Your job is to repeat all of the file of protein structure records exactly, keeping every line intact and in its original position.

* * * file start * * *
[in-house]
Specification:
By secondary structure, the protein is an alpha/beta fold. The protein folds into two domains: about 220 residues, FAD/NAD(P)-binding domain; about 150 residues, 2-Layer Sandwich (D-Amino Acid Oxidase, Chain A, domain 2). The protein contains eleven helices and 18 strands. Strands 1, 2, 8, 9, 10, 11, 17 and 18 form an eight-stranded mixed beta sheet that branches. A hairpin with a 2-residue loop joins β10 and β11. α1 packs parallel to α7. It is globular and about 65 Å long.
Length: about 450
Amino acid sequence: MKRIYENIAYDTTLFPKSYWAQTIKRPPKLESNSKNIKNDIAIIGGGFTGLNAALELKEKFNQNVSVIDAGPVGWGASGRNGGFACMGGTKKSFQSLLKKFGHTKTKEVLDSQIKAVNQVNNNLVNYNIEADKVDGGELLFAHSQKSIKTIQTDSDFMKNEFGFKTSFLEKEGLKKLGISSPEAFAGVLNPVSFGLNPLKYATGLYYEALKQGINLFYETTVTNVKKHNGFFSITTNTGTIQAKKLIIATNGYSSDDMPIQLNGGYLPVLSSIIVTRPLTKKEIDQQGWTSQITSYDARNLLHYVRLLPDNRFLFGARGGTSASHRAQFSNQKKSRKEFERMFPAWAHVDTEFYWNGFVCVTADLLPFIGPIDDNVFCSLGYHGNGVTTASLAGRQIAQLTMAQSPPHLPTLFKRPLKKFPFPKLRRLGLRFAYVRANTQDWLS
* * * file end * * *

[in-house]
Specification:
By secondary structure, the protein is an alpha/beta fold. The protein folds into two domains: about 220 residues, FAD/NAD(P)-binding domain; about 150 residues, 2-Layer Sandwich (D-Amino Acid Oxidase, Chain A, domain 2). The protein contains eleven helices and 18 strands. Strands 1, 2, 8, 9, 10, 11, 17 and 18 form an eight-stranded mixed beta sheet that branches. A hairpin with a 2-residue loop joins β10 and β11. α1 packs parallel to α7. It is globular and about 65 Å long.
Length: about 450
Amino acid sequence: MKRIYENIAYDTTLFPKSYWAQTIKRPPKLESNSKNIKNDIAIIGGGFTGLNAALELKEKFNQNVSVIDAGPVGWGASGRNGGFACMGGTKKSFQSLLKKFGHTKTKEVLDSQIKAVNQVNNNLVNYNIEADKVDGGELLFAHSQKSIKTIQTDSDFMKNEFGFKTSFLEKEGLKKLGISSPEAFAGVLNPVSFGLNPLKYATGLYYEALKQGINLFYETTVTNVKKHNGFFSITTNTGTIQAKKLIIATNGYSSDDMPIQLNGGYLPVLSSIIVTRPLTKKEIDQQGWTSQITSYDARNLLHYVRLLPDNRFLFGARGGTSASHRAQFSNQKKSRKEFERMFPAWAHVDTEFYWNGFVCVTADLLPFIGPIDDNVFCSLGYHGNGVTTASLAGRQIAQLTMAQSPPHLPTLFKRPLKKFPFPKLRRLGLRFAYVRANTQDWLS